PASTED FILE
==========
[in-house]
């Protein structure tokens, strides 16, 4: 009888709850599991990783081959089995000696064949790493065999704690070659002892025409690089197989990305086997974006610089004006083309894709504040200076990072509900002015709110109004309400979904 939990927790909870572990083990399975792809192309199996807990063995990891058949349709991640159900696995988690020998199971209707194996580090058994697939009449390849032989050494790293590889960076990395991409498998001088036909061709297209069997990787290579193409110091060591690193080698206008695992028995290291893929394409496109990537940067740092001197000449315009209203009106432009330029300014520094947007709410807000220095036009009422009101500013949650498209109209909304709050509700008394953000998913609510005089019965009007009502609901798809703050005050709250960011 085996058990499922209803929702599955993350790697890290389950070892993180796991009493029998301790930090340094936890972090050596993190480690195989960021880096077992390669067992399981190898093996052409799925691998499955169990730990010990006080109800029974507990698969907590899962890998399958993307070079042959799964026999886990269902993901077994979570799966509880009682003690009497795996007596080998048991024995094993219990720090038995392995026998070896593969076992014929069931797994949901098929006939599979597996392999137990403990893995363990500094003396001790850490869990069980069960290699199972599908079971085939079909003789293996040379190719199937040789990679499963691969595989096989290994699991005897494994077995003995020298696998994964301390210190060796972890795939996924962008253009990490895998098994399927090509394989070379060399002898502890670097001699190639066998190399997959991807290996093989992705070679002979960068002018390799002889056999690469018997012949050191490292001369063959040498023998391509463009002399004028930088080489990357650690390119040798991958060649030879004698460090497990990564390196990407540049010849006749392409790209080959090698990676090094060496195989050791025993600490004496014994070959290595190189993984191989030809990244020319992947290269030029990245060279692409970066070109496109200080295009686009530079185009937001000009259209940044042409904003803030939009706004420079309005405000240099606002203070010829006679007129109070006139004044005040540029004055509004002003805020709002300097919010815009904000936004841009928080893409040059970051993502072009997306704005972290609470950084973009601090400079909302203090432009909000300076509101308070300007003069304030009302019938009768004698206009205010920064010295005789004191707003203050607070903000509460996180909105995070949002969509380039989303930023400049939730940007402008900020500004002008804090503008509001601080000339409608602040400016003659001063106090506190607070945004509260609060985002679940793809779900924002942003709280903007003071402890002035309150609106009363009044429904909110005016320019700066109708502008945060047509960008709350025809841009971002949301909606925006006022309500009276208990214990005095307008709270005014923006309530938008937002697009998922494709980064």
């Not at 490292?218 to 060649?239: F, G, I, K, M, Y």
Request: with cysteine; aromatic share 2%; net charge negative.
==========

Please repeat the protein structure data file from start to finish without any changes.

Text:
[in-house]
């Protein structure tokens, strides 16, 4: 009888709850599991990783081959089995000696064949790493065999704690070659002892025409690089197989990305086997974006610089004006083309894709504040200076990072509900002015709110109004309400979904 939990927790909870572990083990399975792809192309199996807990063995990891058949349709991640159900696995988690020998199971209707194996580090058994697939009449390849032989050494790293590889960076990395991409498998001088036909061709297209069997990787290579193409110091060591690193080698206008695992028995290291893929394409496109990537940067740092001197000449315009209203009106432009330029300014520094947007709410807000220095036009009422009101500013949650498209109209909304709050509700008394953000998913609510005089019965009007009502609901798809703050005050709250960011 085996058990499922209803929702599955993350790697890290389950070892993180796991009493029998301790930090340094936890972090050596993190480690195989960021880096077992390669067992399981190898093996052409799925691998499955169990730990010990006080109800029974507990698969907590899962890998399958993307070079042959799964026999886990269902993901077994979570799966509880009682003690009497795996007596080998048991024995094993219990720090038995392995026998070896593969076992014929069931797994949901098929006939599979597996392999137990403990893995363990500094003396001790850490869990069980069960290699199972599908079971085939079909003789293996040379190719199937040789990679499963691969595989096989290994699991005897494994077995003995020298696998994964301390210190060796972890795939996924962008253009990490895998098994399927090509394989070379060399002898502890670097001699190639066998190399997959991807290996093989992705070679002979960068002018390799002889056999690469018997012949050191490292001369063959040498023998391509463009002399004028930088080489990357650690390119040798991958060649030879004698460090497990990564390196990407540049010849006749392409790209080959090698990676090094060496195989050791025993600490004496014994070959290595190189993984191989030809990244020319992947290269030029990245060279692409970066070109496109200080295009686009530079185009937001000009259209940044042409904003803030939009706004420079309005405000240099606002203070010829006679007129109070006139004044005040540029004055509004002003805020709002300097919010815009904000936004841009928080893409040059970051993502072009997306704005972290609470950084973009601090400079909302203090432009909000300076509101308070300007003069304030009302019938009768004698206009205010920064010295005789004191707003203050607070903000509460996180909105995070949002969509380039989303930023400049939730940007402008900020500004002008804090503008509001601080000339409608602040400016003659001063106090506190607070945004509260609060985002679940793809779900924002942003709280903007003071402890002035309150609106009363009044429904909110005016320019700066109708502008945060047509960008709350025809841009971002949301909606925006006022309500009276208990214990005095307008709270005014923006309530938008937002697009998922494709980064």
């Not at 490292?218 to 060649?239: F, G, I, K, M, Y």
Request: with cysteine; aromatic share 2%; net charge negative.